by Gus Marshall
This Friday night, High Pulp, a ten-piece instrumental force, will take the audience of The Royal Room on a high-octane joyride of soulful syncopation and dynamic diversity.
High Pulp is an excessively eclectic contemporary jazz orchestra, that tends to lean on the funkier side of the sonic spectrum. The versatile rhythm section takes this explorative ensemble into uncharted territories of musical abstraction, juxtaposing elements of organic and electronic production.
Led by their visionary drummer, producer, and composer Rob Granfelt, High Pulp is an explosive horn-driven head-first dive into the deep end of jazz fusion.
Transitioning naturally between their original interpretations of hardbop, acid jazz, and afrobeat, each song carries an inviting but unfamiliar feel.
Rob Granfelt spoke with the Emerald about the importance of DIY, the flourishing Seattle music scene and his experiences in artistic collaboration.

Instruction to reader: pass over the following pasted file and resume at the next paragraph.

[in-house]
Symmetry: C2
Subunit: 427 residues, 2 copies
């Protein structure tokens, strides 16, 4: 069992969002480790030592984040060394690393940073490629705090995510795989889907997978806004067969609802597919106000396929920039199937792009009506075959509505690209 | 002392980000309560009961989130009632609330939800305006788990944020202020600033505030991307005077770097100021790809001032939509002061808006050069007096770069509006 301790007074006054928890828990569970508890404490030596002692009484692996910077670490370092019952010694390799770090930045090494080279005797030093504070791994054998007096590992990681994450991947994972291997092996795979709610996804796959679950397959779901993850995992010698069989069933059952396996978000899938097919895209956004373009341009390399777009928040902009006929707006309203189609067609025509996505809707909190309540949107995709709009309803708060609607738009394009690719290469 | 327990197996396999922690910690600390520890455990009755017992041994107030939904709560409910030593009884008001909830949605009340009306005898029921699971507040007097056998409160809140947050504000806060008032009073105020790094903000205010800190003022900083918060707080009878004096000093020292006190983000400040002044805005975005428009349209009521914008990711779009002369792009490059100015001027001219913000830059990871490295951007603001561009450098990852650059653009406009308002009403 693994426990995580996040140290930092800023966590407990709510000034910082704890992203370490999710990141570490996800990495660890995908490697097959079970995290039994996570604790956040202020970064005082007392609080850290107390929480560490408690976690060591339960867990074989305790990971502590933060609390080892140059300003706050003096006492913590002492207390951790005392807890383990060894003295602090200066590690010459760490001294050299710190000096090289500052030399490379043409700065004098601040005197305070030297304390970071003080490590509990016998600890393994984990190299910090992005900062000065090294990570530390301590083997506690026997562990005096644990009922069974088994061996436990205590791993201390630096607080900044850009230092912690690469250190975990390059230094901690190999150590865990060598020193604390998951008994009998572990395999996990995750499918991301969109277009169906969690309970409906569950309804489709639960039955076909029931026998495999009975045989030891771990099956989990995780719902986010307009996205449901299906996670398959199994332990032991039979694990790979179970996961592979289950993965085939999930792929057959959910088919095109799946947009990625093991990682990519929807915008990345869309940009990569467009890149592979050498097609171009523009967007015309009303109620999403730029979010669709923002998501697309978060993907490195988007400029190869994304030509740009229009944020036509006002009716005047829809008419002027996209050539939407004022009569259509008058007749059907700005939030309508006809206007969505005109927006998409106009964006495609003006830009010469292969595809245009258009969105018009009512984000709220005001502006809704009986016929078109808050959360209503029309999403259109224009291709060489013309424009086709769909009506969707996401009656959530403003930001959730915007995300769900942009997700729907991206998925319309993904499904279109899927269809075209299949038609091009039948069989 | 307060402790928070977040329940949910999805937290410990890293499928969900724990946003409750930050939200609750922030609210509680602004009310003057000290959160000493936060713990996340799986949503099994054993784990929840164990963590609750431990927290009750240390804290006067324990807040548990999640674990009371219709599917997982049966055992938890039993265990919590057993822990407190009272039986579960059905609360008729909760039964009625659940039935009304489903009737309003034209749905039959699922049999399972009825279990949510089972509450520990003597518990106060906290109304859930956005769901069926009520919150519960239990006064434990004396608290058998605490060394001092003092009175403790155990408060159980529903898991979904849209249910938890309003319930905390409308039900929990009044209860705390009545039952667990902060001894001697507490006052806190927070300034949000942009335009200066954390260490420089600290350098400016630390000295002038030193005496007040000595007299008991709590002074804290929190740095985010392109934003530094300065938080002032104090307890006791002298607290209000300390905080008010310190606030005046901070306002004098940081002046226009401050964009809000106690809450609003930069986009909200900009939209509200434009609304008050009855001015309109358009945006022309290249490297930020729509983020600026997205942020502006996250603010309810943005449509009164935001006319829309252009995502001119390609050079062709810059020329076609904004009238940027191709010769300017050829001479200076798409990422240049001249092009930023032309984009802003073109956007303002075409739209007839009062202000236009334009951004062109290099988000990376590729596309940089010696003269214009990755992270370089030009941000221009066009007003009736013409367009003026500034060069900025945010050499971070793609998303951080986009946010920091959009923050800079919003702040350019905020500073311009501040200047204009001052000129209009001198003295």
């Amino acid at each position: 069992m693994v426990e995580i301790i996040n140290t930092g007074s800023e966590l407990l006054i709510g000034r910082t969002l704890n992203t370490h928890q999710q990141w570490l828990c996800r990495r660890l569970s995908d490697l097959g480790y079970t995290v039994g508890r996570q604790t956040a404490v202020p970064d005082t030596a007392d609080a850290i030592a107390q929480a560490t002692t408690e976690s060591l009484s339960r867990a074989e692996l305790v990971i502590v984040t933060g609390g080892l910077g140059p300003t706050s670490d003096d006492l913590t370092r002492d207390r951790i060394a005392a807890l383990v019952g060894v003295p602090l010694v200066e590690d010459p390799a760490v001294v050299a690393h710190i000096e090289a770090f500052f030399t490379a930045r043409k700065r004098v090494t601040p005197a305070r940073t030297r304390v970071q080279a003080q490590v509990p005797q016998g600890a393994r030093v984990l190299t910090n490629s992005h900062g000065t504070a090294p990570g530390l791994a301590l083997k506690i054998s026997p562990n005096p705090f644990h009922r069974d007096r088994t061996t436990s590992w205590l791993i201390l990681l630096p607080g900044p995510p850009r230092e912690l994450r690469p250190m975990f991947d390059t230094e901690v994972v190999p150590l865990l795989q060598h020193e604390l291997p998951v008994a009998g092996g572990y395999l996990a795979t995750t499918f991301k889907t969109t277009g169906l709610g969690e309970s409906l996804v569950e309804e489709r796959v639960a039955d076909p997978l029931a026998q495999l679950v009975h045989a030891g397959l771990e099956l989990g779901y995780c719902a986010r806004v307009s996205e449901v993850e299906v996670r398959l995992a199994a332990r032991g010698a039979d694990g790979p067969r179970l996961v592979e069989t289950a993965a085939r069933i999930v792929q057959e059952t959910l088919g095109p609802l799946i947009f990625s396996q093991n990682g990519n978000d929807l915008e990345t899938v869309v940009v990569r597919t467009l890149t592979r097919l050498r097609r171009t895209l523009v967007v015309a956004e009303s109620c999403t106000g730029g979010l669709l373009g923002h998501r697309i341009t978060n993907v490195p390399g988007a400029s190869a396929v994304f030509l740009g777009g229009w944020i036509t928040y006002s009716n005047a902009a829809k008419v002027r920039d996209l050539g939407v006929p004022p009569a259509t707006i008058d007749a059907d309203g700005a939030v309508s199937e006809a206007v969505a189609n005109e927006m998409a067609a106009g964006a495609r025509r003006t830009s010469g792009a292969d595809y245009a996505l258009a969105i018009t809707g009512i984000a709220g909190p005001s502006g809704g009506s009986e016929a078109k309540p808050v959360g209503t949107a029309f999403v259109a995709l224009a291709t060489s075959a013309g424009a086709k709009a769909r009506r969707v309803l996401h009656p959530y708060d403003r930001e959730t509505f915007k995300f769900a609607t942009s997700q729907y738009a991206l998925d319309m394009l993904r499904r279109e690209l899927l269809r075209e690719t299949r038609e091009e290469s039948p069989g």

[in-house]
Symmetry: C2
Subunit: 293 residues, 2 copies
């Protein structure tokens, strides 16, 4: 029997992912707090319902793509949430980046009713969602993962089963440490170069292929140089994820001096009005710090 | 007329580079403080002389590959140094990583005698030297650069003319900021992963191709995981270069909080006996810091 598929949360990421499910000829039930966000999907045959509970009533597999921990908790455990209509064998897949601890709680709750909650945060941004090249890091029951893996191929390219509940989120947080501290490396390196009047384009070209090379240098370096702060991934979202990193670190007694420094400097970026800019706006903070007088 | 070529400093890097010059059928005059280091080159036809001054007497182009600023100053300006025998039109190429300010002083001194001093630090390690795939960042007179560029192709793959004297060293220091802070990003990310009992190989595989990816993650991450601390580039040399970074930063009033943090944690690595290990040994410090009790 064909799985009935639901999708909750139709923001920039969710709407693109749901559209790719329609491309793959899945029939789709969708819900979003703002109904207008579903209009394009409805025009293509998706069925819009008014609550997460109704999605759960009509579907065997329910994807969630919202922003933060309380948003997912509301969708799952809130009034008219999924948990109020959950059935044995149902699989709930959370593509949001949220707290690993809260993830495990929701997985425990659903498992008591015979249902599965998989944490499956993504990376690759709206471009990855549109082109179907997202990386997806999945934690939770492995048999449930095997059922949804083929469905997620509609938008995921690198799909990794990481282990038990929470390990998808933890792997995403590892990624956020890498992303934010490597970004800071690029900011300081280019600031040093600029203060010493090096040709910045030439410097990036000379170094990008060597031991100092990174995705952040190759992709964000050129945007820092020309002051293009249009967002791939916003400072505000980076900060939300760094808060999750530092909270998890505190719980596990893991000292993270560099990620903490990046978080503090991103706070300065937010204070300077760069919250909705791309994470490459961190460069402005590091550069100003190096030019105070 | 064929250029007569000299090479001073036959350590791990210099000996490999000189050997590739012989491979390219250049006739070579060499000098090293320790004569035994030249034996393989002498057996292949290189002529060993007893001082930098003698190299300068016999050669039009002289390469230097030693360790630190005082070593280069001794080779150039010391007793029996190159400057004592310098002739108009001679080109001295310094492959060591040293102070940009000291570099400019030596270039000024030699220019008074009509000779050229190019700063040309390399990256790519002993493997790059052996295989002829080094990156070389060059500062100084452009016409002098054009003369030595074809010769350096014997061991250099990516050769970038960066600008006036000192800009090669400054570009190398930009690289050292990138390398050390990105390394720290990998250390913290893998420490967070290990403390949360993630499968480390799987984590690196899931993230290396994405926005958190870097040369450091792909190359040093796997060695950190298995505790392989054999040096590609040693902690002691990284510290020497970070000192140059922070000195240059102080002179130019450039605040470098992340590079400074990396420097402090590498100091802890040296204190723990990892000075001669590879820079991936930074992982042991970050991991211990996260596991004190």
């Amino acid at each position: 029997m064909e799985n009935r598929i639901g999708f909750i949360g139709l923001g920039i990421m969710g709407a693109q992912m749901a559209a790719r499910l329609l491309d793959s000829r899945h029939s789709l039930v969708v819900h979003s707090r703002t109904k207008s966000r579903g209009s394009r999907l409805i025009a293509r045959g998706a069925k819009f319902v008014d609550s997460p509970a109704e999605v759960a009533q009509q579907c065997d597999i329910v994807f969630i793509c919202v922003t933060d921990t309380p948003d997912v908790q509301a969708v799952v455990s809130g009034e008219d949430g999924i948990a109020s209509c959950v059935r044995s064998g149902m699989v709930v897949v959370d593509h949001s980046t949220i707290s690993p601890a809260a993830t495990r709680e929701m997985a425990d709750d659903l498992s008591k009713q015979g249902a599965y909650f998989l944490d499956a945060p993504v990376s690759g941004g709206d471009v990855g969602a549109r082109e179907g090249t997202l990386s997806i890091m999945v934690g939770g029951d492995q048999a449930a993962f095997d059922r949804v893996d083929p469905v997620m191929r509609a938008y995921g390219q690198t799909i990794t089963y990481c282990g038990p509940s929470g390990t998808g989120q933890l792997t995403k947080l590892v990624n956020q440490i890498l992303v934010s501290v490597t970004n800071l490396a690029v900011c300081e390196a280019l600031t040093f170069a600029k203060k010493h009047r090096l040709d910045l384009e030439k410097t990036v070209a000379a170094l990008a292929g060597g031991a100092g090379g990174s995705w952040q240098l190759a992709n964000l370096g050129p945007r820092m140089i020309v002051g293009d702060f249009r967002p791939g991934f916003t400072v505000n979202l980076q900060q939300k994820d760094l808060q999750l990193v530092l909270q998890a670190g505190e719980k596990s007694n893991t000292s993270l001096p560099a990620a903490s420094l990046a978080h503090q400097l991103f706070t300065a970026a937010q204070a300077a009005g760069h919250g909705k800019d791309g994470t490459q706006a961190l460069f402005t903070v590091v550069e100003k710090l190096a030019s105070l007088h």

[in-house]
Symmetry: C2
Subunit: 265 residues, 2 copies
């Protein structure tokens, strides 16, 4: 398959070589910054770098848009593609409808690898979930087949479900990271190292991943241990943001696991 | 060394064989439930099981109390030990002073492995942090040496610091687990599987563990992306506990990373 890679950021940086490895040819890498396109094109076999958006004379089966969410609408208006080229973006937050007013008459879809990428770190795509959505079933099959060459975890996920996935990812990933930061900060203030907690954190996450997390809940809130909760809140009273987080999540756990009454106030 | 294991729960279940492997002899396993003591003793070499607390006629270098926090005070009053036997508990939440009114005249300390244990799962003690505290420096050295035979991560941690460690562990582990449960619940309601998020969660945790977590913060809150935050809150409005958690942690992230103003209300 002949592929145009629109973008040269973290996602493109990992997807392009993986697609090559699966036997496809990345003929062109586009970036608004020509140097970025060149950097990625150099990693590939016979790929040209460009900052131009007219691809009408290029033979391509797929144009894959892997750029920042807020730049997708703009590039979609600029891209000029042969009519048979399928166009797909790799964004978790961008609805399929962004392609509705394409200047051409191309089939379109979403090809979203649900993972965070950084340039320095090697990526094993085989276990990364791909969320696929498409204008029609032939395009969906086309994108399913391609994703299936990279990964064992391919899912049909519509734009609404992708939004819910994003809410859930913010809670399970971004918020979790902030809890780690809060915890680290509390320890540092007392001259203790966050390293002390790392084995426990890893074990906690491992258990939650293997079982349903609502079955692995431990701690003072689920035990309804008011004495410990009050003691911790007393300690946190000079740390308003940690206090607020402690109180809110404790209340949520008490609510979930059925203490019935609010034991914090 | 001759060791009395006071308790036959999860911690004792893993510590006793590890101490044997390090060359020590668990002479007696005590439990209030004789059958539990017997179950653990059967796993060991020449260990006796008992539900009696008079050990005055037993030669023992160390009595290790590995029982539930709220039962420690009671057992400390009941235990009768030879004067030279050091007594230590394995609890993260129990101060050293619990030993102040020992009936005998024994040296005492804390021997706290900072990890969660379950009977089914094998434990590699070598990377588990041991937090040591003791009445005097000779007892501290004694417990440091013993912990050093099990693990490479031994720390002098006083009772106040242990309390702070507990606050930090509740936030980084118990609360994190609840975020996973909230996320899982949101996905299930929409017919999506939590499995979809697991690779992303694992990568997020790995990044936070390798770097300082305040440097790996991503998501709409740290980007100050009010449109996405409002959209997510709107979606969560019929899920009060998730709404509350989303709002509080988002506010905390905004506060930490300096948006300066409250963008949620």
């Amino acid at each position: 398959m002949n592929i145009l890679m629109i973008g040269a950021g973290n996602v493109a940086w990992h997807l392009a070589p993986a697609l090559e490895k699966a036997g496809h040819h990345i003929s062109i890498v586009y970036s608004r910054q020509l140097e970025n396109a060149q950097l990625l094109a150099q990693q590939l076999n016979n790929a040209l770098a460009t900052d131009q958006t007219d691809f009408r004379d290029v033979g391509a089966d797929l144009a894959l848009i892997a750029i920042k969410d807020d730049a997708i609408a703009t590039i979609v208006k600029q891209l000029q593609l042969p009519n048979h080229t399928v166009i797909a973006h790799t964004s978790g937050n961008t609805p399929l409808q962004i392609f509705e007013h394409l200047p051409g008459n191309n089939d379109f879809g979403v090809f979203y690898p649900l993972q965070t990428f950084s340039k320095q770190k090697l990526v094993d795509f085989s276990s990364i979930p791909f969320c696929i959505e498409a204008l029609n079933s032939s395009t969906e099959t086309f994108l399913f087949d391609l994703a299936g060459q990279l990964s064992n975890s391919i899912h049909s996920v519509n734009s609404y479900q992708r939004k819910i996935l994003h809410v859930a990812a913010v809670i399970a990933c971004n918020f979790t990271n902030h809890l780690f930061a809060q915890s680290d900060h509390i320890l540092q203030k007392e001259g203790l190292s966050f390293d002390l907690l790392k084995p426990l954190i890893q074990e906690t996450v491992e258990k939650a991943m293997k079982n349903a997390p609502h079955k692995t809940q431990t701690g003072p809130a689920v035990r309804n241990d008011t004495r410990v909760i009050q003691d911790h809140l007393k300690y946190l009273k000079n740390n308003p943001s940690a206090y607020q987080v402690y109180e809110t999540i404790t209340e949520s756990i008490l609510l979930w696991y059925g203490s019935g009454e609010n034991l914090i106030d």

Gus Marshall: How long has High Pulp been playing?
Rob Granfelt: This is sort of a hard question because Scott (bass), Gehrig (guitar), Antoine (keys) and myself (drums) played together years ago in another band. So, we knew each other from those days, then when I moved back from Minnesota to Seattle we started making some noise in my basement and it evolved into High Pulp. Slowly we added more players until we had a 10-piece band. We started rehearsing seriously in Fall of 2016 as a four-piece, added players in the winter/spring, and we played our first show just last march(2017). So, it’s all pretty fresh for us which is fun. It’s really exciting to have a response that is positive after such a short time because we worked really hard on this, but that doesn’t mean anything will happen.